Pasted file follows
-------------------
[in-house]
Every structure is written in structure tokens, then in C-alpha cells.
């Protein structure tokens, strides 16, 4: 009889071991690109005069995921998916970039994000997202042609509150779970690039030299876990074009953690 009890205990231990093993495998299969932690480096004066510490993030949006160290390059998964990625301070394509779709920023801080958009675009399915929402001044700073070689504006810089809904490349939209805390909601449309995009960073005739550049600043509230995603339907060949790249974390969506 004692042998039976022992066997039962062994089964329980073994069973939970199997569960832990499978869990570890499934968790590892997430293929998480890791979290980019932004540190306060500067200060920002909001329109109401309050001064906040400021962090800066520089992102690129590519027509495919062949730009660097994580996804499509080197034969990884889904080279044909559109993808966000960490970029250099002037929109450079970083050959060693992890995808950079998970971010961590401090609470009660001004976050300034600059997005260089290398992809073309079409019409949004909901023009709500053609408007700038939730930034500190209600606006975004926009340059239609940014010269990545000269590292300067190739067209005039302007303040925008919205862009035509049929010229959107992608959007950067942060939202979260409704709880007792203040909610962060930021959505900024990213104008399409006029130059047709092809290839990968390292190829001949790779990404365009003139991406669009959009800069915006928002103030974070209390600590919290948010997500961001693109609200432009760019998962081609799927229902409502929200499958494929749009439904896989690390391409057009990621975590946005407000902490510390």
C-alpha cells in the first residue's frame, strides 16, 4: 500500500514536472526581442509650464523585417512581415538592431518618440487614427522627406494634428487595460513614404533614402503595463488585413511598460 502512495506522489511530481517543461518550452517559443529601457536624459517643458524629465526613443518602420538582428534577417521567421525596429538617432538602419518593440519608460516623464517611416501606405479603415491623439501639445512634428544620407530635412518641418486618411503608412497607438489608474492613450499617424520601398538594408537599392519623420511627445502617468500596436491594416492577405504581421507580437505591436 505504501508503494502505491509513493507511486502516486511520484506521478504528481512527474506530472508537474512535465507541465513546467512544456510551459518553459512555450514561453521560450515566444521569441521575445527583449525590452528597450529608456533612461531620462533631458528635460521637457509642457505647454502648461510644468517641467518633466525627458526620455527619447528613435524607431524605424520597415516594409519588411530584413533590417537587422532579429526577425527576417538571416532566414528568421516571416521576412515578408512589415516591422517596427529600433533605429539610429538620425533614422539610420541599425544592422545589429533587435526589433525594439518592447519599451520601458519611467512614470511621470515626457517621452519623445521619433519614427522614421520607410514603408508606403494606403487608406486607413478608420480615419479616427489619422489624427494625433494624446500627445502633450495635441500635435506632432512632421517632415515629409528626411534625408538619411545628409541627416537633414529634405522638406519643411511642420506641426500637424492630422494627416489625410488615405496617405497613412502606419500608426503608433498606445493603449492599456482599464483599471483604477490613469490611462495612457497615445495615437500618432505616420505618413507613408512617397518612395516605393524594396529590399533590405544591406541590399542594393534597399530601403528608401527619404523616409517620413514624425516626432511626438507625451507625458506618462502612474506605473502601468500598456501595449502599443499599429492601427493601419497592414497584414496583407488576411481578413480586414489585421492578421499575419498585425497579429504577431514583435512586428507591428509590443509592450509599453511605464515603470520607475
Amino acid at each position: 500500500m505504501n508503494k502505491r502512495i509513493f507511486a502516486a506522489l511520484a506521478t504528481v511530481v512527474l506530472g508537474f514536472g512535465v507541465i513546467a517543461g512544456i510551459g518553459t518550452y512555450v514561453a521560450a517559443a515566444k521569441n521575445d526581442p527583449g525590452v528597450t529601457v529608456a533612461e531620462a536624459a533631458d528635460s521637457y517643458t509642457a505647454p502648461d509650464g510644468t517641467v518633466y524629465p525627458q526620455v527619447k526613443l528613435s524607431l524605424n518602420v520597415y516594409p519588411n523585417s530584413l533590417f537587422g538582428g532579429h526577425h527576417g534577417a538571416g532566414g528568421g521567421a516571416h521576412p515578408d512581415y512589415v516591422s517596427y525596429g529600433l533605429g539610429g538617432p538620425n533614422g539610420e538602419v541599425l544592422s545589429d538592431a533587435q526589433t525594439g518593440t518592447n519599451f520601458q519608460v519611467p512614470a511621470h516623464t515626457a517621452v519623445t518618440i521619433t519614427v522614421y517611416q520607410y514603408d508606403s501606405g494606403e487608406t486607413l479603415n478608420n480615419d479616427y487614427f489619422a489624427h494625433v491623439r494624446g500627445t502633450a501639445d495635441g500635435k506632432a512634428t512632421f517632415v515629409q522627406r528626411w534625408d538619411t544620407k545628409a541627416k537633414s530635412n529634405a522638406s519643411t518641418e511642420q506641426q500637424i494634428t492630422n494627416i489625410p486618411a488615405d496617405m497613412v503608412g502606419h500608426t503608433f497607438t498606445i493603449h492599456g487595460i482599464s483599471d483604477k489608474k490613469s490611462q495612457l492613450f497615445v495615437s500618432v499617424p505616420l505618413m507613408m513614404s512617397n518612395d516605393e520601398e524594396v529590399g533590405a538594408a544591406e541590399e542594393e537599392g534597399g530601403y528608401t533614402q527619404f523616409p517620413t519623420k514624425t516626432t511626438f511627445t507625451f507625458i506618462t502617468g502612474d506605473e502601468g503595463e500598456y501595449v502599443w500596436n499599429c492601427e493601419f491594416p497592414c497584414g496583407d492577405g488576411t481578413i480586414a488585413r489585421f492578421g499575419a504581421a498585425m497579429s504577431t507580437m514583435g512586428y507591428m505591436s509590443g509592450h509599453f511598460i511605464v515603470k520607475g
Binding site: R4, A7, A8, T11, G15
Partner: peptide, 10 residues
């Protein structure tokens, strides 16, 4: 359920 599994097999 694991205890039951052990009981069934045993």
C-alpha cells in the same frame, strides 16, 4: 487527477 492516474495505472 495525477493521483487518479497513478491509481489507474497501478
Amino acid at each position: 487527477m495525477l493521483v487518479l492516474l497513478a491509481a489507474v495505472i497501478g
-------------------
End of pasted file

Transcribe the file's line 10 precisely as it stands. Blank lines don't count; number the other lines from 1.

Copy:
Amino acid at each position: 487527477m495525477l493521483v487518479l492516474l497513478a491509481a489507474v495505472i497501478g